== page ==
process than triple checking all instructions and notes.
More errors are made in this area than any other.
Make a thorough physical inspection of the RV.
Look for de-lamination (bubbles or soft spots in the wall), excessive
corrosion or rust, excessive fading, damage and signs of the unit
having been rebuilt. The estimated cost of repair must be deducted from
Check for Excessive wear, odors, water damage/stains, dry rot and soft
floors. Deduct for estimated costs of repair.
Follow the rules you would for any automobile. Check for exhaust
noises, rust, oil leaks/consumption and excessive wear. Deduct for
estimated repair costs.
Check for Chipped, cracked or broken glass. Cracked or broken means
replacement. Deduct for estimated costs.
If you have less than 40% rubber left replacement must be considered.
Deduct for estimated costs.
books tell us Mileage may be considered when
evaluating an RV. If I am going to invest my money in one I certainly
want it considered.
mileage on Gas and Diesel Chassis are handled differently. In the
Kelley Book the Diesel chassis value is increased by low miles but not
reduced by higher than normal mileage . NADA tells us not to add or
deduct for Diesel Mileage's. Gas chassis values are reduced or
increased as indicated by the Books mileage charts or formulas .
following these steps you will have the accurate figures you need.
Buffalo Boy enterprises/RVHELPNET
the author: The author, in the course of his 30 year RV
career, has been an RV Dealer, Dealer Consultant, Sales manager, and
Business manager. Included in his resume is 30 years as a Professional
RV appraiser. His experience and knowledge qualifies him to be an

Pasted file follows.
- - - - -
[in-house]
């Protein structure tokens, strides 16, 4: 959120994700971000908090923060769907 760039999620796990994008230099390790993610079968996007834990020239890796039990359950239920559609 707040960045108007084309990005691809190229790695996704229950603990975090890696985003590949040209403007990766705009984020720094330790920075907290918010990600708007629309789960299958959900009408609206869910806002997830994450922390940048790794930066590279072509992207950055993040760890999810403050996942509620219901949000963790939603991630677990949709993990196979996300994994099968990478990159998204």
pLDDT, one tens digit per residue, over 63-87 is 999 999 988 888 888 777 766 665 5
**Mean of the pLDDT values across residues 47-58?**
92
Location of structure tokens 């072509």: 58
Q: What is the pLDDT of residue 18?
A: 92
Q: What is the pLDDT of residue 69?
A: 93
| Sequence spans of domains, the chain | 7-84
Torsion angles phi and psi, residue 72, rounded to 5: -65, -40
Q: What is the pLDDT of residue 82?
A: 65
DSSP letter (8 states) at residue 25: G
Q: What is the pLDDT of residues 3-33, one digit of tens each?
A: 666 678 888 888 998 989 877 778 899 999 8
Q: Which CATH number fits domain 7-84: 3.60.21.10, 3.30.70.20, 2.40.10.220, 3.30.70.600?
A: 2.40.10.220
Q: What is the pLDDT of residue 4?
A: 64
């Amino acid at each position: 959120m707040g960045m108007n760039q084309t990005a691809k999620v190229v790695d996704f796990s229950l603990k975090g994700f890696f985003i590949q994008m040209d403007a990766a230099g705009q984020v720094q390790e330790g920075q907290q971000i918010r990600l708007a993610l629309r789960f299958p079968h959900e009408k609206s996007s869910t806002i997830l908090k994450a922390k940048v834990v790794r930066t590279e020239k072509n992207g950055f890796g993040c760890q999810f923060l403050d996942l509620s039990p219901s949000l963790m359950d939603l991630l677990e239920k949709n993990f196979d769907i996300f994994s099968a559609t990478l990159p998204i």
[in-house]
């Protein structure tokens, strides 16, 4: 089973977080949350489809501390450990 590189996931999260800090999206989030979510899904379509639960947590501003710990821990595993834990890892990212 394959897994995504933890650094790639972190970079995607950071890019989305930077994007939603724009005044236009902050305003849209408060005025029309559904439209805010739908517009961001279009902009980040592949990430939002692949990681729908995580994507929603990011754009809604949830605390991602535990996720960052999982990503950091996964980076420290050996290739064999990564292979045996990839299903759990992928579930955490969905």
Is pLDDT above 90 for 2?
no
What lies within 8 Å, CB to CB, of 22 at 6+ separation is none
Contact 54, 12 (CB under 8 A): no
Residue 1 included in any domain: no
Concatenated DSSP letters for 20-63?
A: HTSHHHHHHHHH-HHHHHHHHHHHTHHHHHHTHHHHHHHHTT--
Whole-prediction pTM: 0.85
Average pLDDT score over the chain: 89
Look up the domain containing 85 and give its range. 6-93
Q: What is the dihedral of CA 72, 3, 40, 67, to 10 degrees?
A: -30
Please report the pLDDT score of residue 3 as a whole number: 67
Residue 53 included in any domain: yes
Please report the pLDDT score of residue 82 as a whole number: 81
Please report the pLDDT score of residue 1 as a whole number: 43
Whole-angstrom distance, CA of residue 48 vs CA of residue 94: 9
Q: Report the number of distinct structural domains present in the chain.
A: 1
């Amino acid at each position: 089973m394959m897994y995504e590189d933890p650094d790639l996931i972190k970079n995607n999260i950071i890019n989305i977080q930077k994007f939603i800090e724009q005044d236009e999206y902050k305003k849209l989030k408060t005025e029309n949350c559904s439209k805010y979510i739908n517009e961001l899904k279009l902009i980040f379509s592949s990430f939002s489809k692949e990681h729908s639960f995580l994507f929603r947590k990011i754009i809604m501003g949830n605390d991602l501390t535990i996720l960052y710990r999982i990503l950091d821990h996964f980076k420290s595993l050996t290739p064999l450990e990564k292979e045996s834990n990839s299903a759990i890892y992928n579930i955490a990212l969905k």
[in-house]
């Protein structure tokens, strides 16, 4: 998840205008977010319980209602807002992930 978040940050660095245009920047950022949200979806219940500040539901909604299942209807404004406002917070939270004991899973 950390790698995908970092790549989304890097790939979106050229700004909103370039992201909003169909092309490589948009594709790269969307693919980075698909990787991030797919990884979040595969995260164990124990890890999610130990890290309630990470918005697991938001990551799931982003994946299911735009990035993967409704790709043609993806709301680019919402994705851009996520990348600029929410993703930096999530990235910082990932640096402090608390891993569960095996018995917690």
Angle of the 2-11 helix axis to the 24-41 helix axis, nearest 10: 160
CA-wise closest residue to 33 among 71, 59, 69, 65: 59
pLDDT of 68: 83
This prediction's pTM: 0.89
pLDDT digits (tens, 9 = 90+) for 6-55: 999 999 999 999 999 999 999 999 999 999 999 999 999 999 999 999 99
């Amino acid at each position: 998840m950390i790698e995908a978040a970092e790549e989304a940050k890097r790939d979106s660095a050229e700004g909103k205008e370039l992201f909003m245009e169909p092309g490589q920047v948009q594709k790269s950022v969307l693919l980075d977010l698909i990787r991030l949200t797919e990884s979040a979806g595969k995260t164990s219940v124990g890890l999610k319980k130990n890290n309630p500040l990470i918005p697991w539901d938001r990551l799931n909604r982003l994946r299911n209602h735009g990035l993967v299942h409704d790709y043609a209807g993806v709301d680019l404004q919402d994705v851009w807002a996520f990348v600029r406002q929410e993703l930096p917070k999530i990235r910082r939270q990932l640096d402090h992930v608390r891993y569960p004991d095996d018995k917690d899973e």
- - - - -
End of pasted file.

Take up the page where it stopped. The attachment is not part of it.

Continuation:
trusted authority on RV values. Jim Hilbourne, CPA. Retired
RV Management Consultant, Author of several RV Help Books. --
can be reached at his web site www.rvhelpnet.com or E-mail
your written appraisal from RVHELPNET to satisfy the requirements of
Private Parties, Lenders, Insurance companies, Dealers, and
all Government agencies. Our over thirty years experience as a
recognized authority on RV values assures you accurate figures that we
of appraisals available
are some of the ways we can learn the value of
can call your Banker or local Dealer. They will give a
high and low "First Figures". These figures do not include adds or
deducts for options, miles, condition or marketability. Their
supervisors require them to account for their time and do not allow
them to spend the time required to prepare accurate numbers for you.
can contact one of the book publishers. They will offer
to sell you a "consumer addition" book ( not the official
one the dealers and lenders use ). They offer Ball Park
figures that can vary bybgcolor="#ffff99 thousands of dollars. They do
not include the
instructions as to what options should or should not be
added (included in the Books Dealers and Lenders use). They do
not ask about the condition of the RV or offer Marketability advice.
They do not offer a written appraisal that you can take with you to a
Lender, Banker, Insurance company or a negotiation session.
can take your RV to a reputable dealer. They will spend
the time required to inspect your unit. After compiling the collected
data they will use their years of market analysis experience to provide
you with an accurate realistic figure. -------Expect to pay $100.00 and
your own data, fill out our printable "Comprehensive Data Collection
Form" then submit the form to RVHELPNET Appraisals. We will combine the data you provide with our
years of market analysis experience and send you an accurate,
realistic, professional appraisal. We use the same books the Dealers
and Lenders use. Our appraisals are accepted by Lenders,
Dealers, Insurance companies and all Government agencies.
---$14.95 and up.